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The Conscience of Thoroughbred Racing


By Marc Lawrence, — Iconic NBA Hall of Famer Bill Walton has died from cancer. Inducted into the Basketball Hall of Fame in 1993, Walton also enjoyed a long career as a broadcaster for CBS, NBC, and ESPN.

Jay Bilas, a former Duke star and current ESPN college basketball analyst, noted during a segment that Walton might have been one of the greatest players to ever compete in college basketball. NBA Commissioner Adam Silver put it best when he said, “As a Hall of Fame player, he redefined the center position,” Silver continued in his statement:

“His unique all-around skills made him a dominant force at UCLA and led to an NBA regular-season and Finals MVP, two NBA championships, and a spot on the NBA’s 50th and 75th Anniversary Teams.” UCLA was 86-4 during Bill Walton’s three years of college, with the center starting his college career 73-0.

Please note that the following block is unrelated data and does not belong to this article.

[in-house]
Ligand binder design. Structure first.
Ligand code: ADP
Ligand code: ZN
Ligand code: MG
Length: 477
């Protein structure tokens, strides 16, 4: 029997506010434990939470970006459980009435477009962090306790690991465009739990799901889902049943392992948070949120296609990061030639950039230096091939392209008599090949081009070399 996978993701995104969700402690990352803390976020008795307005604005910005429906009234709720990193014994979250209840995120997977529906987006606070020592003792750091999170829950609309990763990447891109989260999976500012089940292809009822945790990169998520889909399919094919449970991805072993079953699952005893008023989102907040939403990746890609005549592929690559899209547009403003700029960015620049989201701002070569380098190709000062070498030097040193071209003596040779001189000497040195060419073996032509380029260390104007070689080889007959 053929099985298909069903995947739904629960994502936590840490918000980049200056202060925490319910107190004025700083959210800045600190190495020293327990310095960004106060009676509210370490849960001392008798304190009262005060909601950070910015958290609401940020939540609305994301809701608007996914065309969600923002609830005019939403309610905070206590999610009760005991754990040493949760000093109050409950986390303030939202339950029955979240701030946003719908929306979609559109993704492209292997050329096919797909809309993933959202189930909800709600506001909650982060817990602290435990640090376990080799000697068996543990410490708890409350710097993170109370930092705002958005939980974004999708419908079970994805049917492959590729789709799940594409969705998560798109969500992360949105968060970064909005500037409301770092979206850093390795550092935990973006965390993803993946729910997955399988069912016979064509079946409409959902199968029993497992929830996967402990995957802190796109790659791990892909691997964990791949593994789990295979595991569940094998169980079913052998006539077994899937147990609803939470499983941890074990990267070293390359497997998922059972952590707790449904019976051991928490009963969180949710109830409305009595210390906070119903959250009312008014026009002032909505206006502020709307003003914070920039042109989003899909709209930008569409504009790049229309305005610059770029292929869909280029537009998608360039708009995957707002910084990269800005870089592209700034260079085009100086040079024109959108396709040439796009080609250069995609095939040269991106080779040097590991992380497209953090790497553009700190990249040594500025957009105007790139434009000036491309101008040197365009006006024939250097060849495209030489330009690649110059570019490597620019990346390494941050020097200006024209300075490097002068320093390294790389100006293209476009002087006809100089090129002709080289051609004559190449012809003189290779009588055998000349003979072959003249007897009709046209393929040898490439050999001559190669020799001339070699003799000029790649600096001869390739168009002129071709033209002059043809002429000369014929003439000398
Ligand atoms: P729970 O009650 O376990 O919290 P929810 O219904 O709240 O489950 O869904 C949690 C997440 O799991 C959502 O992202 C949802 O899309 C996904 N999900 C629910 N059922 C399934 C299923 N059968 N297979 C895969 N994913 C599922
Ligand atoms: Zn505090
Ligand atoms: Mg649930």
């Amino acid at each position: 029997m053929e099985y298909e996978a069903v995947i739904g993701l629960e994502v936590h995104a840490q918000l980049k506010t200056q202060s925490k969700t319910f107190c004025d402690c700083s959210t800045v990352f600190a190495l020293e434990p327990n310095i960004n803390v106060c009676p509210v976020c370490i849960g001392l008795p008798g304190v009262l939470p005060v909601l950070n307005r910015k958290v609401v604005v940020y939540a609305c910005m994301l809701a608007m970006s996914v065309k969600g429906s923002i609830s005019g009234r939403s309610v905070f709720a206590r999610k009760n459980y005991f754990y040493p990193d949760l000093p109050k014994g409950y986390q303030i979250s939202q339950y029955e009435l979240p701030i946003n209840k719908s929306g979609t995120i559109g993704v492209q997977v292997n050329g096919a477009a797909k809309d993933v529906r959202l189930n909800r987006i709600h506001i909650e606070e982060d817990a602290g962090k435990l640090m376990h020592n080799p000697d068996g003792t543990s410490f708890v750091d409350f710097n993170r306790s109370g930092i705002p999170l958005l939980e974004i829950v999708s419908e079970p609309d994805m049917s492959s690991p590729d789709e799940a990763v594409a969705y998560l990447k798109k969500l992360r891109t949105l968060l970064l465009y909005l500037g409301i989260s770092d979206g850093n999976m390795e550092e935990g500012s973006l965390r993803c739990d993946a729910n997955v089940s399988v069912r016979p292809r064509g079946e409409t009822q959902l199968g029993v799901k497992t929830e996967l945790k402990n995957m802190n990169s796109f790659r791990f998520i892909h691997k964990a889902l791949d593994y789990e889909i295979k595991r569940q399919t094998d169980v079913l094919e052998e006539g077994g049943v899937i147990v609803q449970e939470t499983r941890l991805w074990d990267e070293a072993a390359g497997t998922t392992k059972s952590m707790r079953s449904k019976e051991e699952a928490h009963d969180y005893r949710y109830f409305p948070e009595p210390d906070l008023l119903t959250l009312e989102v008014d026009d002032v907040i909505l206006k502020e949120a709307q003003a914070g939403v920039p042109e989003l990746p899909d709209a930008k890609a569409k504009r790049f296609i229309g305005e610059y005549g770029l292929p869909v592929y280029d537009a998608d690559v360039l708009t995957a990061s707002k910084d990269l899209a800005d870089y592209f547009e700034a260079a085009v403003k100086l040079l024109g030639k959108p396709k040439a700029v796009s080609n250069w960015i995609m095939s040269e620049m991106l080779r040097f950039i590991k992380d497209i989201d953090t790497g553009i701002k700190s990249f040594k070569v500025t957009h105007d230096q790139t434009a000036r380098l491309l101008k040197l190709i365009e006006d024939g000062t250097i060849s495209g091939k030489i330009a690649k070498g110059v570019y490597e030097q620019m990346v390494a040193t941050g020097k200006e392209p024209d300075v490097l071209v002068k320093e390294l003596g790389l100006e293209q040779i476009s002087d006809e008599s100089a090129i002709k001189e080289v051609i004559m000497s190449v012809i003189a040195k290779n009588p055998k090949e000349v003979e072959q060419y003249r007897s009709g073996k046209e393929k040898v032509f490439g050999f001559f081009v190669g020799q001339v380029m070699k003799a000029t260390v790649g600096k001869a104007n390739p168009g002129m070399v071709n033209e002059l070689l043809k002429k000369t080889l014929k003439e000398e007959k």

Walton’s only four losses came in his senior year (Notre Dame, Oregon State, Oregon, and then NC State in the NCAA tournament). Walton led UCLA in scoring, rebounding, and field goal percentage for three consecutive years:

•1971-72: 21.1 points, 15.5 rebounds, 63.9% field goal shooting

•1971-72: 21.1 points, 15.5 rebounds, 63.9% field goal shooting

•1972-73: 20.4 points, 16.9 rebounds, 65.0% field goal shooting

•1973-74: 19.3 points, 14.7 rebounds, 66.5% field goal shooting The human replay machine’s most famous college performance was a 44-point outburst in the 1973 NCAA tournament national championship against Memphis State, when he made

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